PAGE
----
[cc:ing Greg for his opinion on this; retaining quoting for context] On Tue, 13 Feb 2018 17:15:02 -0700 Alex Williamson <alex.william...@redhat.com> wrote:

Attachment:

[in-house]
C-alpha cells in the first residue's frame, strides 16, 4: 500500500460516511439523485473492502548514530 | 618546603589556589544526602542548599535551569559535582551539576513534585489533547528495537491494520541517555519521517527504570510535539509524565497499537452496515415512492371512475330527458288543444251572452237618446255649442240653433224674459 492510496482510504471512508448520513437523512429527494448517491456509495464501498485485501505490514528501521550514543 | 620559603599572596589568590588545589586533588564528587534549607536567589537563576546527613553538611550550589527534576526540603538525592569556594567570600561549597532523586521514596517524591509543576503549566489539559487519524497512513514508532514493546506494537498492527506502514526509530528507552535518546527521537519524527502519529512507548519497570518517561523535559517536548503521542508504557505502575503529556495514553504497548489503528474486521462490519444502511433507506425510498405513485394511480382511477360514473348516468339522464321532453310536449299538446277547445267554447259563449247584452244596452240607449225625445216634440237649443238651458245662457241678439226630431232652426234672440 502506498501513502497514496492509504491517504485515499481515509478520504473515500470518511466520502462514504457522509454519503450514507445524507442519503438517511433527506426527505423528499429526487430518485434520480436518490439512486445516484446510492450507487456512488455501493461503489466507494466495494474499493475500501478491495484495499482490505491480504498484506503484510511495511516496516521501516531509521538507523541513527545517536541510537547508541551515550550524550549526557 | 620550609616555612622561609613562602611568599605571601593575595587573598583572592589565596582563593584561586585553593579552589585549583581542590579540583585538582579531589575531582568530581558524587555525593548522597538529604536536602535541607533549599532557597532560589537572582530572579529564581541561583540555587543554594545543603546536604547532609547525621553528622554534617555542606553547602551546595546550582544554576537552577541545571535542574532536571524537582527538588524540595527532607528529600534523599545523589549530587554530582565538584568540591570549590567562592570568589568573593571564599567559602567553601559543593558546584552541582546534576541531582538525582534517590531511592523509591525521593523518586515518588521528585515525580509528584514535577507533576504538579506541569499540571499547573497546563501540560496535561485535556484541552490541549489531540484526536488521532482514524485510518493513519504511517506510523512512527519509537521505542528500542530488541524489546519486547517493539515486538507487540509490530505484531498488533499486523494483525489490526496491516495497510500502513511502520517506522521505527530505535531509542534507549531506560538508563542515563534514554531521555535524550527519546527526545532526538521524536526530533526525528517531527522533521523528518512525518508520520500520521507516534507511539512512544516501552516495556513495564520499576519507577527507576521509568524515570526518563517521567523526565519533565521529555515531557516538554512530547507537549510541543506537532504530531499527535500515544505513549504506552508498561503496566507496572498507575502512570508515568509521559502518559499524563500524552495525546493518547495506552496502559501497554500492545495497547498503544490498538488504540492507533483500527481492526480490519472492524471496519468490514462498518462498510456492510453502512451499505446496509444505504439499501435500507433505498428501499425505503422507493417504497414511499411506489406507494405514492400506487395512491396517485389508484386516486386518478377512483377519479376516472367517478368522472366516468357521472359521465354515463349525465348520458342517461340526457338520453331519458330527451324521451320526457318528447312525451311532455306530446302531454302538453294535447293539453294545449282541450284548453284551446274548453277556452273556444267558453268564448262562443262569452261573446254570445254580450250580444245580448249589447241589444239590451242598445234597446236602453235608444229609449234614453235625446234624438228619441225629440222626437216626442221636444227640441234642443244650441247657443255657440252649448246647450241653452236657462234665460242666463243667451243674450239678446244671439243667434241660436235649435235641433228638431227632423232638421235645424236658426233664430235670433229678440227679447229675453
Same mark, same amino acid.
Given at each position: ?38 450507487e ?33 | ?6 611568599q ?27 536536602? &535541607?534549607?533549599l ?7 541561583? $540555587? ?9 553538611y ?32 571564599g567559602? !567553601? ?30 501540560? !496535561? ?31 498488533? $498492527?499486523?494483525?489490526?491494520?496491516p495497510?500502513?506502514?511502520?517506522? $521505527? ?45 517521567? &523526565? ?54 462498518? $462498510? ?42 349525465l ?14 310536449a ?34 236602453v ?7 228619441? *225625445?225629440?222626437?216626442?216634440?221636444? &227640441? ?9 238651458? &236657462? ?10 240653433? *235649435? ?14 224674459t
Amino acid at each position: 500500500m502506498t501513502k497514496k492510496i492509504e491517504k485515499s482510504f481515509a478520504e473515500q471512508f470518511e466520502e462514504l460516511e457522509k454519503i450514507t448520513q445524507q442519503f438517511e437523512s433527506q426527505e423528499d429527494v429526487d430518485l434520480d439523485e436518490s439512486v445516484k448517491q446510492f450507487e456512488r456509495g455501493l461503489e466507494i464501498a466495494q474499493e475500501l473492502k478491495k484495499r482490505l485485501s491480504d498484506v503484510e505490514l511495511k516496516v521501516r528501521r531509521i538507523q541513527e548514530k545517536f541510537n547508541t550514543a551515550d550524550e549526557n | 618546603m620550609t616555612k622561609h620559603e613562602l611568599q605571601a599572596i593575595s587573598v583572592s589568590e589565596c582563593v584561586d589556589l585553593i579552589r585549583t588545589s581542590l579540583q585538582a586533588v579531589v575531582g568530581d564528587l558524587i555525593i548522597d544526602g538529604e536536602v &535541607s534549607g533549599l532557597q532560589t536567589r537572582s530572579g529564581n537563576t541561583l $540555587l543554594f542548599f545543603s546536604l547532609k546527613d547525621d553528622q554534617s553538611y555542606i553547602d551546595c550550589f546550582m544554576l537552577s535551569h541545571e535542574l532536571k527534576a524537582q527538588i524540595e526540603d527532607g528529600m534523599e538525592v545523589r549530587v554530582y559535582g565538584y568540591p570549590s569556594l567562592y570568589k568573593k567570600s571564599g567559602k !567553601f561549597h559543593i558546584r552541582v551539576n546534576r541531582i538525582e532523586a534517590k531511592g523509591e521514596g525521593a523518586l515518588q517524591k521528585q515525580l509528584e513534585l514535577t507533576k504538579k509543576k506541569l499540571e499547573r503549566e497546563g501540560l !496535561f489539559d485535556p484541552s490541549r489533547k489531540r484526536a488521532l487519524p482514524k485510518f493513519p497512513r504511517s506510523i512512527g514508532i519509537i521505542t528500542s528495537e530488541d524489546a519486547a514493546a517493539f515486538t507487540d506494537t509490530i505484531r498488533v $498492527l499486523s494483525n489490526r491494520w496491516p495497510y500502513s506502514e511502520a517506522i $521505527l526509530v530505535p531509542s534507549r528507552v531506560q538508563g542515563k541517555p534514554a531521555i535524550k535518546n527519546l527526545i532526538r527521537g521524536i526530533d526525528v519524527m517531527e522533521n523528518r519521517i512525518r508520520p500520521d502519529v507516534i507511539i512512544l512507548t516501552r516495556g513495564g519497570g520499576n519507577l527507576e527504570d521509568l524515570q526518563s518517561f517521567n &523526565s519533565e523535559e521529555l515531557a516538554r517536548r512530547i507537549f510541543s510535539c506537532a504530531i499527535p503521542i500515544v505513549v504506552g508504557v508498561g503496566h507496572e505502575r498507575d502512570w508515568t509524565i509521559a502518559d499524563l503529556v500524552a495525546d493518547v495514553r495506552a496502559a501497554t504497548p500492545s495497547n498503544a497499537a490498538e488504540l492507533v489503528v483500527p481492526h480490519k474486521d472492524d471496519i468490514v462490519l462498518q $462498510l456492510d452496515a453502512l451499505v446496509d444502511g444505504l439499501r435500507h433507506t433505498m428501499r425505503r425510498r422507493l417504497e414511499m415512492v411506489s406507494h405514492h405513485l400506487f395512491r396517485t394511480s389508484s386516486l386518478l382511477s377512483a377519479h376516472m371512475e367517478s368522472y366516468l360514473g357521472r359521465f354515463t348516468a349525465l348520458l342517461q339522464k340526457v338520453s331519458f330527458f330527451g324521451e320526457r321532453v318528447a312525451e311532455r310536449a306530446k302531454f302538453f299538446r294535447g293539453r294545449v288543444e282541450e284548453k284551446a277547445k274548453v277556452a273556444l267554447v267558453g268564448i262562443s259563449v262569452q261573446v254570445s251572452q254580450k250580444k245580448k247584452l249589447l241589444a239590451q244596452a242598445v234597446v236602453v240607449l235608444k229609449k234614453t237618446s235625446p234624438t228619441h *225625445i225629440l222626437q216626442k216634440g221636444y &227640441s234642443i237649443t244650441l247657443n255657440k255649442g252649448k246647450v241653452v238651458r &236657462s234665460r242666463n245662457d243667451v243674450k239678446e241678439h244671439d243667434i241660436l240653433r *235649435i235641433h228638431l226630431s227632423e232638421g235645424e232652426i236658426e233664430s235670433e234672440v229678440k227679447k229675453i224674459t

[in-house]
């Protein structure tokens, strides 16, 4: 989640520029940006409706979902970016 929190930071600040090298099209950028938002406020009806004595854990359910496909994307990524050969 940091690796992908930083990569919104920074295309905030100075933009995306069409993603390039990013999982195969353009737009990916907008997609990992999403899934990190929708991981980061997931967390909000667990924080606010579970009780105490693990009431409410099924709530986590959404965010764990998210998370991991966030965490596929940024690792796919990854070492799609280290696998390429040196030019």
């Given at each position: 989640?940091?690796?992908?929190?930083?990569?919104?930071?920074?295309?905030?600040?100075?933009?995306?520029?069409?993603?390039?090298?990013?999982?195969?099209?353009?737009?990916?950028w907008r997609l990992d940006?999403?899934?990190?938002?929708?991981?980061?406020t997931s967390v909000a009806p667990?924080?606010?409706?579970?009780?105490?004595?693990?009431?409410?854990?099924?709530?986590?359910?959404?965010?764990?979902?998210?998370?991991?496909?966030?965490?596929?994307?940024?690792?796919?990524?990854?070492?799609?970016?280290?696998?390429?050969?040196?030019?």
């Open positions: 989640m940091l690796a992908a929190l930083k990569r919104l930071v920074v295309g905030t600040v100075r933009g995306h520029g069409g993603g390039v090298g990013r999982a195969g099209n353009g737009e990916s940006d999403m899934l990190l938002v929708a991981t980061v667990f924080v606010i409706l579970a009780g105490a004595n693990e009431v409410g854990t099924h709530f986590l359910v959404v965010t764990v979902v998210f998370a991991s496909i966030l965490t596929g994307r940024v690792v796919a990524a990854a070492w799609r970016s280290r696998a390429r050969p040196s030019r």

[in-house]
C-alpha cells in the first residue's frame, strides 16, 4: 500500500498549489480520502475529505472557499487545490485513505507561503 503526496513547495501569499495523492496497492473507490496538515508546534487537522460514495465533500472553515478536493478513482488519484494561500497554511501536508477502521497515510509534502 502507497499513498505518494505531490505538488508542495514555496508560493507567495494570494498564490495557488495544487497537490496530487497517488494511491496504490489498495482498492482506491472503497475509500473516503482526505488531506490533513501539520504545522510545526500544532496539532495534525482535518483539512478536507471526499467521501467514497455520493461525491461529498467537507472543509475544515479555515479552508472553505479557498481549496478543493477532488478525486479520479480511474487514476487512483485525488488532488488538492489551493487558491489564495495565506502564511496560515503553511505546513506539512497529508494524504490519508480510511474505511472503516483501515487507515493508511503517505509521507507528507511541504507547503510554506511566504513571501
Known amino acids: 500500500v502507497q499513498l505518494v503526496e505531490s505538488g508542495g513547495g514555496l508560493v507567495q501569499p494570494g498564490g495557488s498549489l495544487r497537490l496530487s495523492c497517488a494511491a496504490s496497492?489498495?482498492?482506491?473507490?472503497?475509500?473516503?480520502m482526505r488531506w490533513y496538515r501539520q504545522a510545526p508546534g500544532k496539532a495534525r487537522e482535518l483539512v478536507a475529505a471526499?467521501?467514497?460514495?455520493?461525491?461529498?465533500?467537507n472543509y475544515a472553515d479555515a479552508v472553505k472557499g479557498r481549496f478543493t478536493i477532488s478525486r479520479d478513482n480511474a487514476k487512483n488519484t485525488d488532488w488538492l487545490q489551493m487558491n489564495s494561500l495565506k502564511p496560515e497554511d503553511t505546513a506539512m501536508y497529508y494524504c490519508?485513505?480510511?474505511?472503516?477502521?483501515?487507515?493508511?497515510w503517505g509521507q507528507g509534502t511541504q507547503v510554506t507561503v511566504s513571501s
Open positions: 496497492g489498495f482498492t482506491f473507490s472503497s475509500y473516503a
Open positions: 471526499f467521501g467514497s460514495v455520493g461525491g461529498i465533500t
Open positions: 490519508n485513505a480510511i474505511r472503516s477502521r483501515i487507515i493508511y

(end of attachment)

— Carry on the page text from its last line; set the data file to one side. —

> On Tue, 13 Feb 2018 14:09:01 +0100 > Cornelia Huck <coh...@redhat.com> wrote: > > > On Mon, 12 Feb 2018 14:20:57 -0700 > > Alex Williamson <alex.william...@redhat.com> wrote: > > > > > On Fri, 9 Feb 2018 11:27:16 +0100 > > > Cornelia Huck <coh...@redhat.com> wrote: > > > > > > > The registration code first registers the mdev device, and then > > > > proceeds to populate sysfs. An userspace application that listens > > > > for the ADD uevent is therefore likely to look for sysfs entries > > > > that have not yet been created. > > > > > > > > The canonical way to fix this is to use attribute groups that are > > > > registered by the driver core before it sends the ADD uevent; I > > > > unfortunately did not find a way to make this work in this case, > > > > though. > > > > > > > > An alternative approach is to suppress uevents before we register > > > > with the core and generate the ADD uevent ourselves after the > > > > sysfs infrastructure is in place. > > > > > > > > Signed-off-by: Cornelia Huck <coh...@redhat.com> > > > > --- > > > > > > > > This feels like a band-aid, but I can't figure out how to handle > > > > creating > > > > attribute groups when there's a callback in the parent involved. > > > > > > > > This should address the issue with libvirt's processing of mdevs raised > > > > in > > > > https://www.redhat.com/archives/libvir-list/2018-February/msg00023.html > > > > - although libvirt will still need to deal with older kernels, of > > > > course. > > > > > > > > Best to consider this an untested patch :) > > > > > > I agree, this feels like a band-aide. If every device in the kernel > > > needs to suppress udev events until until some key component is added, > > > that suggests that either udev is broken in general or not being used > > > as intended. > > > > I think udev is working exactly as designed - it's more a problem of > > when the kernel is sending what kind of notification to userspace, and > > the particular issue here is how the code sending the event (driver > > core) and the code assembling part of the user interface (mdev) > > interact. > > > > > Zongyong submitted a different proposal to fix this > > > here. That proposal seems a bit more sound and has precedence > > > elsewhere in the kernel. What do you think of that approach? We > > > don't need both afaict. Thanks, > > > > > > Alex > > > > > > https://patchwork.kernel.org/patch/10196197/ > > > > Zongyong's patch is sending an additional CHANGE uevent, and I agree > > that doing both does not make sense. However, I think the CHANGE uevent > > is not quite suitable in this case, and delaying the ADD uevent is > > better. > > > > [Warning, the following may be a bit rambling.] > > > > The Linux driver model works under the assumption that any device is > > represented as an in-kernel object that exposes information and knobs > > through sysfs. As long as the device exists, userspace can poke at the > > sysfs entries and retrieve information or configure things. > > > > The idea of the 'ADD' uevent is basically to let userspace know that > > there is now a new device with its related sysfs entries, and it may > > look at it and configure it. IOW, if I (as a userspace application) get > > the ADD uevent, I expect to be able to look at the device's sysfs > > entries and find all the files/directories that are usually there, > > without having to wait. > > > > This expectation is broken if a device is first registered with the > > driver core (generating the ADD uevent) and the driver adds sysfs > > attributes later. To fix this, the driver core added a way to specify > > default attribute groups for the device, which are registered by the > > driver core itself before it generates the ADD uevent. Unfortunately, I > > did not see a way to do this here (which does not mean there isn't). > > The alternative was to prevent the driver core from sending the ADD > > uevent and do it from the mdev code when it was ready. > > > > The 'CHANGE' uevent, on the other hand, tells userspace that something > > has changed for the device (that already existed). I (as a userspace > > application) would expect to see it if, for example, the information > > exposed via sysfs has changed, or maybe even if new, optional, entries > > have appeared and I might want to rescan. With Zongyong's patch, > > userspace gets the CHANGE uevent for something that was already > > expected to be there, and is now _really_ there. It does give userspace > > an indication that it can now work with the device (which certainly > > improves things), but I would prefer to get rid of the too-early uevent > > completely so that userspace does not get notified at all before the > > device is completely present in sysfs. > > > > So, in short, my patch does 'don't tell userspace until we're really > > done', and Zongyong's patch does 'tell userspace again when we're > > really done'. > > This all sounds reasonable, but don't we have this synchronization > problem _everywhere_? I apologize for referencing this bug because it's > not public (https://bugzilla.redhat.com/show_bug.cgi?id=1376907) but > the gist of it is that soft-unplugging PCI devices using the remove > entry in sysfs and re-adding with rescan sysfs entry results in libvirt > seeing the ADD uevent before the PCI config attribute is created and it > balks on the device. Yikes. So it seems that _any_ PCI device is incomplete when the ADD uevent is sent? Or does this just apply to an unfortunately large number of drivers? > So at the PCI core we have this same issue and > developers are saying that there's no guarantee that sysfs entries > won't be added and removed at any time in the lifecycle of the device > and it's not the kernel's responsibility to provide that > synchronization. I think this is mixing up two things: - sysfs entries that are there by default. These not being in place when the ADD uevent is sent sounds broken. - Optional sysfs entries that might change. There may be a case for those to be added/removed later on (probably paired with a CHANGE uevent.) > So what are we to do? If this issue exists in a far > more predominant device subsystem than mdev, do we need to reset > developer expectations about what sort of synchronization, if any, the > kernel is intending to provide? Should we agree and document some best > practices around ordering of (or suppressing of) uevents so that we can > consistently cleanup subsystems, or define that such ordering is > officially not guaranteed? Thanks, > > Alex I'd like to clarify expectations here as well. My understanding has been what I outlined above, and what I think allows userspace to rely on asynchronous notifications without having to resort to polling, waiting, etc.